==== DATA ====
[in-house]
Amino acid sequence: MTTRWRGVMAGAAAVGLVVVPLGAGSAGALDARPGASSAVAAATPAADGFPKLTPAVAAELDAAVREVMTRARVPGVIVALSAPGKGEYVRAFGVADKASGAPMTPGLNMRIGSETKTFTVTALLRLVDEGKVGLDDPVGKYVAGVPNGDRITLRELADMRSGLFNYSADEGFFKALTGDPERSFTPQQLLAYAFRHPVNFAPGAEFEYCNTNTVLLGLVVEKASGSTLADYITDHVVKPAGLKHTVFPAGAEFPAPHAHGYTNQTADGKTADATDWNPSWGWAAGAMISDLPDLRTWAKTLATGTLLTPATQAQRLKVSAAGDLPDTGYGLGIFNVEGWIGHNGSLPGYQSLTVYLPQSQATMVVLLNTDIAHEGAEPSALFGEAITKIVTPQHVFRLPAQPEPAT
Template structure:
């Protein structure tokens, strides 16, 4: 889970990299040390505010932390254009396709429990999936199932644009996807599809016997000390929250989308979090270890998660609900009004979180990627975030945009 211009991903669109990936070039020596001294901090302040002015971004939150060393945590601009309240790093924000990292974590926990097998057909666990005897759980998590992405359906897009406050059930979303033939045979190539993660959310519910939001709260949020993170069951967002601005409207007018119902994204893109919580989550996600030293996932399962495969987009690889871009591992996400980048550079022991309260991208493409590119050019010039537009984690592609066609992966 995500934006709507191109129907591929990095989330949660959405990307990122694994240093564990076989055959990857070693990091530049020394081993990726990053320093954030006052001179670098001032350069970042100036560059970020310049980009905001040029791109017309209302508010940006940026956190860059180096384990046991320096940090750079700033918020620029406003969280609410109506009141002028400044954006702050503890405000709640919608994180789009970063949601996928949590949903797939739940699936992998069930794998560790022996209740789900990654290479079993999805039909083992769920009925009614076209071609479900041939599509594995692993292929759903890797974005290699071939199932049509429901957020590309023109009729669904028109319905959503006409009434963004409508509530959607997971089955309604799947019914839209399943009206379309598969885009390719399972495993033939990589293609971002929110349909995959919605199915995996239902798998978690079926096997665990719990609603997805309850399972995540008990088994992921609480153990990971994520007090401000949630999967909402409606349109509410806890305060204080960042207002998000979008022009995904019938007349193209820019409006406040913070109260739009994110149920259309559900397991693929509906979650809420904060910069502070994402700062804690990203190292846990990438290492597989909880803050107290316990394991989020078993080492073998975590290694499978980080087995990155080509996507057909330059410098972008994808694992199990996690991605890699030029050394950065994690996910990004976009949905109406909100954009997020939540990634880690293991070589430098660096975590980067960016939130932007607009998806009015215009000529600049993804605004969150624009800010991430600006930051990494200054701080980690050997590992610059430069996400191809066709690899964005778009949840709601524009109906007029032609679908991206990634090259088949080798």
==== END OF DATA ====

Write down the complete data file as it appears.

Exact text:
[in-house]
Amino acid sequence: MTTRWRGVMAGAAAVGLVVVPLGAGSAGALDARPGASSAVAAATPAADGFPKLTPAVAAELDAAVREVMTRARVPGVIVALSAPGKGEYVRAFGVADKASGAPMTPGLNMRIGSETKTFTVTALLRLVDEGKVGLDDPVGKYVAGVPNGDRITLRELADMRSGLFNYSADEGFFKALTGDPERSFTPQQLLAYAFRHPVNFAPGAEFEYCNTNTVLLGLVVEKASGSTLADYITDHVVKPAGLKHTVFPAGAEFPAPHAHGYTNQTADGKTADATDWNPSWGWAAGAMISDLPDLRTWAKTLATGTLLTPATQAQRLKVSAAGDLPDTGYGLGIFNVEGWIGHNGSLPGYQSLTVYLPQSQATMVVLLNTDIAHEGAEPSALFGEAITKIVTPQHVFRLPAQPEPAT
Template structure:
């Protein structure tokens, strides 16, 4: 889970990299040390505010932390254009396709429990999936199932644009996807599809016997000390929250989308979090270890998660609900009004979180990627975030945009 211009991903669109990936070039020596001294901090302040002015971004939150060393945590601009309240790093924000990292974590926990097998057909666990005897759980998590992405359906897009406050059930979303033939045979190539993660959310519910939001709260949020993170069951967002601005409207007018119902994204893109919580989550996600030293996932399962495969987009690889871009591992996400980048550079022991309260991208493409590119050019010039537009984690592609066609992966 995500934006709507191109129907591929990095989330949660959405990307990122694994240093564990076989055959990857070693990091530049020394081993990726990053320093954030006052001179670098001032350069970042100036560059970020310049980009905001040029791109017309209302508010940006940026956190860059180096384990046991320096940090750079700033918020620029406003969280609410109506009141002028400044954006702050503890405000709640919608994180789009970063949601996928949590949903797939739940699936992998069930794998560790022996209740789900990654290479079993999805039909083992769920009925009614076209071609479900041939599509594995692993292929759903890797974005290699071939199932049509429901957020590309023109009729669904028109319905959503006409009434963004409508509530959607997971089955309604799947019914839209399943009206379309598969885009390719399972495993033939990589293609971002929110349909995959919605199915995996239902798998978690079926096997665990719990609603997805309850399972995540008990088994992921609480153990990971994520007090401000949630999967909402409606349109509410806890305060204080960042207002998000979008022009995904019938007349193209820019409006406040913070109260739009994110149920259309559900397991693929509906979650809420904060910069502070994402700062804690990203190292846990990438290492597989909880803050107290316990394991989020078993080492073998975590290694499978980080087995990155080509996507057909330059410098972008994808694992199990996690991605890699030029050394950065994690996910990004976009949905109406909100954009997020939540990634880690293991070589430098660096975590980067960016939130932007607009998806009015215009000529600049993804605004969150624009800010991430600006930051990494200054701080980690050997590992610059430069996400191809066709690899964005778009949840709601524009109906007029032609679908991206990634090259088949080798």